Not only the road to Mandalay, but city streets the length and breadth of Myanmar stream today with protestors flashing the three-fingered salute, with flotillas of motorcycles and scooters, monks in maroon robes, even the occasional elephant. Unseen are the armies of government workers, railway staff, nurses and doctors, power plant personnel and bank tellers who have silently left their jobs in protest at the army detention of democratically elected leaders. A revolution powered by hundreds of thousands is being livestreamed by citizen journalists who at considerable risk have mastered the might of a smart phone. Meanwhile, the clunky generals who seized power in morning darkness, now daily showered with taunts and insults, nervously finger the safeties on their rifles knowing what another bloodbath will do to the nation – and to them. Events teeter on a knife edge.
During a visit to Yangon still fresh in memory, I taxi’ed to a university in Insein, also home to a notorious prison, in hopes I might learn about work for peace in a land of scant and restless dreams. A woman professor in the liberal arts department, a Karen intellectual, resorted to a story from ethnic lore to explain a root of current tension. The Karen, she said, believe that they were the earliest people to settle the hill country of eastern Myanmar. Their elders set out bamboo markers to indicate the land they required as home for the people. Later the mainstream Bama from the river valleys appeared and found the bamboo groves left by the Karen elders. But the lowlanders were clever and planted trees to mark their own boundary claims that overtook the bamboo. So it was that the Karen were disinherited of their lands.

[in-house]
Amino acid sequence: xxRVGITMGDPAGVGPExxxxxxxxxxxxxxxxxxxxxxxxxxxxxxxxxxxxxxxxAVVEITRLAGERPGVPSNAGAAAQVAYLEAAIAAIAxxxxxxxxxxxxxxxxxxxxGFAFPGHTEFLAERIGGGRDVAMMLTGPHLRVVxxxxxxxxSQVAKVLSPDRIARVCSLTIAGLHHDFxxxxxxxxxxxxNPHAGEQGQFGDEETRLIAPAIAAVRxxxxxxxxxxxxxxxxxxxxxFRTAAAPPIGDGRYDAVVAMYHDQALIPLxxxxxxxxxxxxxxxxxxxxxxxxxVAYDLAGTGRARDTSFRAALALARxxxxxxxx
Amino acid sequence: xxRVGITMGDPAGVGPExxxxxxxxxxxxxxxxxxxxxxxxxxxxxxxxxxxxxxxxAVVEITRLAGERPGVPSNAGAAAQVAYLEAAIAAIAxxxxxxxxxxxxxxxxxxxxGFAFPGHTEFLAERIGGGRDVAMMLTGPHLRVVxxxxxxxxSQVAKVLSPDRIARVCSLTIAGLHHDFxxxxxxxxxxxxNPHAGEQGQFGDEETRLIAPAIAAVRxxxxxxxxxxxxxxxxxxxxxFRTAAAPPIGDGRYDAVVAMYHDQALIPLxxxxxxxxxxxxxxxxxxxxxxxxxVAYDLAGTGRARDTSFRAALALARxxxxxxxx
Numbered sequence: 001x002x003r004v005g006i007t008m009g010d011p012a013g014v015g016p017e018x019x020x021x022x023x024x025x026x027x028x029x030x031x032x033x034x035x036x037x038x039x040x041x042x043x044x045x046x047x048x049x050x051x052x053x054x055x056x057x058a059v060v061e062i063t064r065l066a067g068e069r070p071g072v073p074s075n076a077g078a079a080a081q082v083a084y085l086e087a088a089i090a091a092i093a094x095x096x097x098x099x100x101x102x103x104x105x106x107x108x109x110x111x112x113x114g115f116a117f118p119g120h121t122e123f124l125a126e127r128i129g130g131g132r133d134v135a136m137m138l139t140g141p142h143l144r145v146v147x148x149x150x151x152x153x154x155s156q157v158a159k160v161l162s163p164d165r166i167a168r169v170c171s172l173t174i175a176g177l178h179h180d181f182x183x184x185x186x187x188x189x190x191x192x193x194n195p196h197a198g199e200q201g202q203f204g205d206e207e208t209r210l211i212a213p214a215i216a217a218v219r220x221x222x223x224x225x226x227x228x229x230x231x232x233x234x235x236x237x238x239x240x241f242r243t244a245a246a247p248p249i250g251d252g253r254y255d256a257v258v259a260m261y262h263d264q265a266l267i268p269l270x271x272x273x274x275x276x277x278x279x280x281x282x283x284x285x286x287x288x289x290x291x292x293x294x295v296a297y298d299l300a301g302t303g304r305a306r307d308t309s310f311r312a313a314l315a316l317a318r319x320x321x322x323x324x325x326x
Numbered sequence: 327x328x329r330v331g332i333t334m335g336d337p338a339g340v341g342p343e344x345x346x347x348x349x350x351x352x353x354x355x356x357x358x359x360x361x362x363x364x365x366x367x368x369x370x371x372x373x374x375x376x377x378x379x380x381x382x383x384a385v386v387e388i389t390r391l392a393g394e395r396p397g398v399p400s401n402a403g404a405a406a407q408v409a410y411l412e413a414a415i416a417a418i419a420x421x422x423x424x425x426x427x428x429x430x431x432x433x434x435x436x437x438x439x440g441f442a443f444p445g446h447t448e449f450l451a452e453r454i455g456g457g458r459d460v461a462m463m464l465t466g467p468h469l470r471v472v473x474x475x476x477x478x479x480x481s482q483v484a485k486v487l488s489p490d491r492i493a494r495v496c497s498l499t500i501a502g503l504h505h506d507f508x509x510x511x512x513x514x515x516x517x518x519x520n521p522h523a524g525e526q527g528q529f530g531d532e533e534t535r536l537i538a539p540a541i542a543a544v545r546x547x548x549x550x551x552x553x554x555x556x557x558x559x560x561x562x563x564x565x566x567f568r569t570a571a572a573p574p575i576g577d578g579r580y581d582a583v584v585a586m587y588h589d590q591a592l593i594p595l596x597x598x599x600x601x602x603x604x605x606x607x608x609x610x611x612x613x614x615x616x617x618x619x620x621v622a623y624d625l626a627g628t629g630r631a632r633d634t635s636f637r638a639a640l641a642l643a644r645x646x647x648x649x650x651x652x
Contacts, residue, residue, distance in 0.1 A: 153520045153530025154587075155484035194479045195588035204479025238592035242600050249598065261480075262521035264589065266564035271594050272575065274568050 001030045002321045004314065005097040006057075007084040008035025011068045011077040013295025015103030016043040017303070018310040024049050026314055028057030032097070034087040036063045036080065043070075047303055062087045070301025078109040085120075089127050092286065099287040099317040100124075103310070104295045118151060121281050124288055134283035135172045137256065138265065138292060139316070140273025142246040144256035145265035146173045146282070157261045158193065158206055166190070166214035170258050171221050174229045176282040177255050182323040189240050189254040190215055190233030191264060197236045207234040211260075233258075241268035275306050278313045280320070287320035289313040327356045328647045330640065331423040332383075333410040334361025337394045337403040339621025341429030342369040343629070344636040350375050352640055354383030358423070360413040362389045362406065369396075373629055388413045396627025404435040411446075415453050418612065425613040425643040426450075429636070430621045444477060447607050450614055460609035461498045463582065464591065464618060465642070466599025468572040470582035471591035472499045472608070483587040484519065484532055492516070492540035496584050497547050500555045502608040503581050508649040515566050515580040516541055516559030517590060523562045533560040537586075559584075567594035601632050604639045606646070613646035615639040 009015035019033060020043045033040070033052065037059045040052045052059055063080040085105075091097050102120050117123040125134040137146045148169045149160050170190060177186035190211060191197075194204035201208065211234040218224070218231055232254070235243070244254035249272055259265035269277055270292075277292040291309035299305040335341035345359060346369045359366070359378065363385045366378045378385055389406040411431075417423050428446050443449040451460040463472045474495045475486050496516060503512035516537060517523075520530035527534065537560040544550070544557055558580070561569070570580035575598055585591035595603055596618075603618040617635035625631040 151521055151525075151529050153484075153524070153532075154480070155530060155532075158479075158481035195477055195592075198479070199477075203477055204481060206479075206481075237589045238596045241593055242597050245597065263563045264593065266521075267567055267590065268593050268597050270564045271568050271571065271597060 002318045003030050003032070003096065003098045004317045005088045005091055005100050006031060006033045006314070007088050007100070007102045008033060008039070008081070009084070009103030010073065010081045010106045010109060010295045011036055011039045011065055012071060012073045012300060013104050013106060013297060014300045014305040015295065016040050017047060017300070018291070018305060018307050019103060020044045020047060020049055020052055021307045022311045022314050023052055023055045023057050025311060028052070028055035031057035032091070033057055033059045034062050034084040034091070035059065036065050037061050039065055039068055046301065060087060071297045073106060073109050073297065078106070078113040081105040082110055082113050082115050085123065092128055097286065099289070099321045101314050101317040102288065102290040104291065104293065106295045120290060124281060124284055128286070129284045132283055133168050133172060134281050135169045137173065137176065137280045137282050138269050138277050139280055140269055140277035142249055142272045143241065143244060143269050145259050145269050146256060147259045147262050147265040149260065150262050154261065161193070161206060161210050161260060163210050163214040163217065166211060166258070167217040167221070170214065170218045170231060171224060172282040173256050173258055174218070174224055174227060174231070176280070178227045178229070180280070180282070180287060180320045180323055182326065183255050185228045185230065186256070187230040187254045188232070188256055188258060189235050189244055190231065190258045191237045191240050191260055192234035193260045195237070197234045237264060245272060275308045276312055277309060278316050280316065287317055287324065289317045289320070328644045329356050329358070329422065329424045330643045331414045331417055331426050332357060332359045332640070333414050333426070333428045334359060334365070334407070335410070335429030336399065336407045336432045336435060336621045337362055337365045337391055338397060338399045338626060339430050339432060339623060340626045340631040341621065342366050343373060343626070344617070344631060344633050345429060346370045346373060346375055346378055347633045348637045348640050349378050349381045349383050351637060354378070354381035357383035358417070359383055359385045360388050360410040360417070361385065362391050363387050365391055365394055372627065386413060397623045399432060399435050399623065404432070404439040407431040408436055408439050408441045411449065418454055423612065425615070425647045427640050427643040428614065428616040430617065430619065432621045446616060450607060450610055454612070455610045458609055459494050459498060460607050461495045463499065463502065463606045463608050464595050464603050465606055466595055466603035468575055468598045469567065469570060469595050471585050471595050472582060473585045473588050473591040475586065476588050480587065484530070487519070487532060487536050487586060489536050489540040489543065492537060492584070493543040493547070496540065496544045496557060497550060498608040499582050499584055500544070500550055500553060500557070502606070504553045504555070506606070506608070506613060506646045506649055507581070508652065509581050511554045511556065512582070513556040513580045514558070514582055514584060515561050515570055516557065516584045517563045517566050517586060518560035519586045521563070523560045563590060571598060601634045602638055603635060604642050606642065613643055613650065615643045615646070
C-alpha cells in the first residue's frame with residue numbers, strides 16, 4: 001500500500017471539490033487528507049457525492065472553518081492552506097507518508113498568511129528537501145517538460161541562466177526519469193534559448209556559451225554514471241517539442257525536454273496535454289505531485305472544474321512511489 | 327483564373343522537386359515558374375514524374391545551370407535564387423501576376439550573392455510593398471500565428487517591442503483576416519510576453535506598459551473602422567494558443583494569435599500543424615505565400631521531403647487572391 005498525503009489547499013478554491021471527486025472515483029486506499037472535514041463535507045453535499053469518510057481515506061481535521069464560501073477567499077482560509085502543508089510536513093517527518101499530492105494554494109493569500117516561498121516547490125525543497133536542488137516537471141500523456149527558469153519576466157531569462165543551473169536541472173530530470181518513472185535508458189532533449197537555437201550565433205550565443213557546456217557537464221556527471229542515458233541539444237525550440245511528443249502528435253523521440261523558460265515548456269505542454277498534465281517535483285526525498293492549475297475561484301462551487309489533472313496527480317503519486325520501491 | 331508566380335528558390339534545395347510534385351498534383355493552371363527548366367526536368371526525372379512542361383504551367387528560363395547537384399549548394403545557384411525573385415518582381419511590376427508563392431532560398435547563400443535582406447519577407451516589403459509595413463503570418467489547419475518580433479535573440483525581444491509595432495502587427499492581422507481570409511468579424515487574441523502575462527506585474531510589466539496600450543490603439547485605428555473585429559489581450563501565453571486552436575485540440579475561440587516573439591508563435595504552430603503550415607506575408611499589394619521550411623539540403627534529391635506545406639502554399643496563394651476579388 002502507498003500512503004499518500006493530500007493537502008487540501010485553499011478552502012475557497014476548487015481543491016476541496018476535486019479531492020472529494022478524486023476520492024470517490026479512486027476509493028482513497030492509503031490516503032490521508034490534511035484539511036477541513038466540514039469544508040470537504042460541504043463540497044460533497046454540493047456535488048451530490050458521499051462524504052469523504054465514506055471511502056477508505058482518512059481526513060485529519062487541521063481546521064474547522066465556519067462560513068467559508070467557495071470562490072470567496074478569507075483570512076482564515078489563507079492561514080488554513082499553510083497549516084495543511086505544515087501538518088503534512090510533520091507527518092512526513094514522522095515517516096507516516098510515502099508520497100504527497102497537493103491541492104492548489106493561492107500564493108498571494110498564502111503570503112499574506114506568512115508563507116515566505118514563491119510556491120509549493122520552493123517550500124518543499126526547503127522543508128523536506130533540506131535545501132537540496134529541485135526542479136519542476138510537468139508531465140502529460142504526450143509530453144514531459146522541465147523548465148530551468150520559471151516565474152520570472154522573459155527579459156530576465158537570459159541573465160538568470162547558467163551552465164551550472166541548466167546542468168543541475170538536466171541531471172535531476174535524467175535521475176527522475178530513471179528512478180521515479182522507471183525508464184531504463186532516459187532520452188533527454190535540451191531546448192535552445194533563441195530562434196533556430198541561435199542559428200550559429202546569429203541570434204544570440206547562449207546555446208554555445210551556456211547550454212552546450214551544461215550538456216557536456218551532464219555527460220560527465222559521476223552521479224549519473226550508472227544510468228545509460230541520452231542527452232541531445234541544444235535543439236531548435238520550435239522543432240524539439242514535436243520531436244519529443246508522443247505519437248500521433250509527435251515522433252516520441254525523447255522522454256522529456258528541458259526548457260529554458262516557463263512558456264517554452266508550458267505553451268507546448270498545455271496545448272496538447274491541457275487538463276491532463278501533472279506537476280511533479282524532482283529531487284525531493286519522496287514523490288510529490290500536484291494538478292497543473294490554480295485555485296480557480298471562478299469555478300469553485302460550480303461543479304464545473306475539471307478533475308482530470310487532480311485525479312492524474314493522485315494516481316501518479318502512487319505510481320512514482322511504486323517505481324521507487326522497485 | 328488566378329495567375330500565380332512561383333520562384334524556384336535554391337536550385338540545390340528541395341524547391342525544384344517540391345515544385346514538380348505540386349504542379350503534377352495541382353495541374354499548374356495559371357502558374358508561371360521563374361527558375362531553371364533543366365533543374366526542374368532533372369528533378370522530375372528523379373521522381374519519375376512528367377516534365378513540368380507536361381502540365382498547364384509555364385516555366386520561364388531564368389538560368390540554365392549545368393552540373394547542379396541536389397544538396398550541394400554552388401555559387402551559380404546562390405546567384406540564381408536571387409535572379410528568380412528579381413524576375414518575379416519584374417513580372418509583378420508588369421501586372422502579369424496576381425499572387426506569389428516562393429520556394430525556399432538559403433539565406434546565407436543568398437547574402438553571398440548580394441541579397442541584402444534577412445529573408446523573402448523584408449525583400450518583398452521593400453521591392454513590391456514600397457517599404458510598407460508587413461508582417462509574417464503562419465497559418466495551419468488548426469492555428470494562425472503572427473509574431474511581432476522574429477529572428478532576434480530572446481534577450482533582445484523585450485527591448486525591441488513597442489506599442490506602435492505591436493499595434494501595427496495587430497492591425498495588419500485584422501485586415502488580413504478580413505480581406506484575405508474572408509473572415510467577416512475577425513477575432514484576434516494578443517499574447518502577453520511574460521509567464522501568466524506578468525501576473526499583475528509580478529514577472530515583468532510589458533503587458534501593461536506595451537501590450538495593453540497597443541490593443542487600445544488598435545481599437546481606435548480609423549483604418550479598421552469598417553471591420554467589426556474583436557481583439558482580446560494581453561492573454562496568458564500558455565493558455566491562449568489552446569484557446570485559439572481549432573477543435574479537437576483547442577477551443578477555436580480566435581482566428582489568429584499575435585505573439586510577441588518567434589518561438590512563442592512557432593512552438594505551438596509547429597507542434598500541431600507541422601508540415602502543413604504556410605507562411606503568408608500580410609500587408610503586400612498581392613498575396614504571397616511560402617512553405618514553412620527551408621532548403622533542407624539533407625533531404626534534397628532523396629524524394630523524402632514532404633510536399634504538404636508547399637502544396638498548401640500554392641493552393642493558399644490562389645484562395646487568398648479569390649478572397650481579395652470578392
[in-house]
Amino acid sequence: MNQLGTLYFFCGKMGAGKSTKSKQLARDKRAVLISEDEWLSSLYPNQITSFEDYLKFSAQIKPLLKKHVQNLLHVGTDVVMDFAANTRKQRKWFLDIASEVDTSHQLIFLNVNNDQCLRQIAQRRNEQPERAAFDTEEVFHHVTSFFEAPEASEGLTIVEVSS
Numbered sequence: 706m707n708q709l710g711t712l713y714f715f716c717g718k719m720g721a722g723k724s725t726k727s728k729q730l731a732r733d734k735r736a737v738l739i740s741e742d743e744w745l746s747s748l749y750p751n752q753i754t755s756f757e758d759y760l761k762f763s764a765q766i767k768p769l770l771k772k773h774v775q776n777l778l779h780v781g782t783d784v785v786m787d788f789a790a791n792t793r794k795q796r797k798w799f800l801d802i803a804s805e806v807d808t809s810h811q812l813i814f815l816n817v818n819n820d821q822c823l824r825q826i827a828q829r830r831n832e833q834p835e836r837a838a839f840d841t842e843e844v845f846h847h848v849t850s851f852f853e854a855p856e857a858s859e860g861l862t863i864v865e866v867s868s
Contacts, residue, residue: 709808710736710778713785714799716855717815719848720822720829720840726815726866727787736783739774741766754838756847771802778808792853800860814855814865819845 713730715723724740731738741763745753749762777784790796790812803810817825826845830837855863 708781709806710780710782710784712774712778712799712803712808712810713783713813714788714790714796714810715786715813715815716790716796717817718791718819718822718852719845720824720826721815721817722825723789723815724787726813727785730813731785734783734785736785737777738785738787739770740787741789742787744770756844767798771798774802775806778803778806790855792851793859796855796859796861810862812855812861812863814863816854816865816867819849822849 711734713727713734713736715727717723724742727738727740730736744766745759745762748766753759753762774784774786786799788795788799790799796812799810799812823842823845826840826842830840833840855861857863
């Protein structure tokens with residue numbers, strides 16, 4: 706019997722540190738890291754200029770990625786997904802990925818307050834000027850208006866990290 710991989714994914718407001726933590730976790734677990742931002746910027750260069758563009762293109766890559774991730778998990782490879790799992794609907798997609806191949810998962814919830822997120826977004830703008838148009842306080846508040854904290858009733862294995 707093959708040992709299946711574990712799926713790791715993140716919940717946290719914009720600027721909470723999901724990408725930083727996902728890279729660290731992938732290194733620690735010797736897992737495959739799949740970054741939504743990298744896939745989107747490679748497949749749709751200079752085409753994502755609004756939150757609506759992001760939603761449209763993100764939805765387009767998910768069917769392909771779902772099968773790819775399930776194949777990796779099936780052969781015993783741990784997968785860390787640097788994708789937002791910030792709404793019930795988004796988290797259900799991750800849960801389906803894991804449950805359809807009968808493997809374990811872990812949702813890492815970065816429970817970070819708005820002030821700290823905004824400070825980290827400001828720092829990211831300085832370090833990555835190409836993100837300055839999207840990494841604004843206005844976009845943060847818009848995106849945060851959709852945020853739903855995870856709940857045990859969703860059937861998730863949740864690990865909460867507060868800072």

In some measure, belief in such sleight of hand injustices underlies why the gallery of tribal minorities – the Kachin, the Shan, the Chin, the Karen, the Mon, the Rohingya and others – have raised resistance to valley power. Decades of low-intensity conflict with the Myanmar military, the Tatmadaw, have ensued even as the generals vow not to let power or control of the hills slip from their hands.
But my wife, Mary Kay, and I stumbled on a much more current – even subversive – account of what has led to the live-streamed revolution: a sculpture exhibited in the River Gallery not far from downtown Yangon. It is the gilded figure of a worn rickshaw over-laden with passengers. The driver strains at the pedals to move the load. Another man has joined the up-hill effort by pushing from the rear. The riders seem oblivious to the struggle around them. The burnished figures meanwhile are all naked. Even the gold leaf cannot hide the shame of failed fellow-feeling. And not in Myanmar only.
It is plain who are the masses in the streets today, and who the free riders.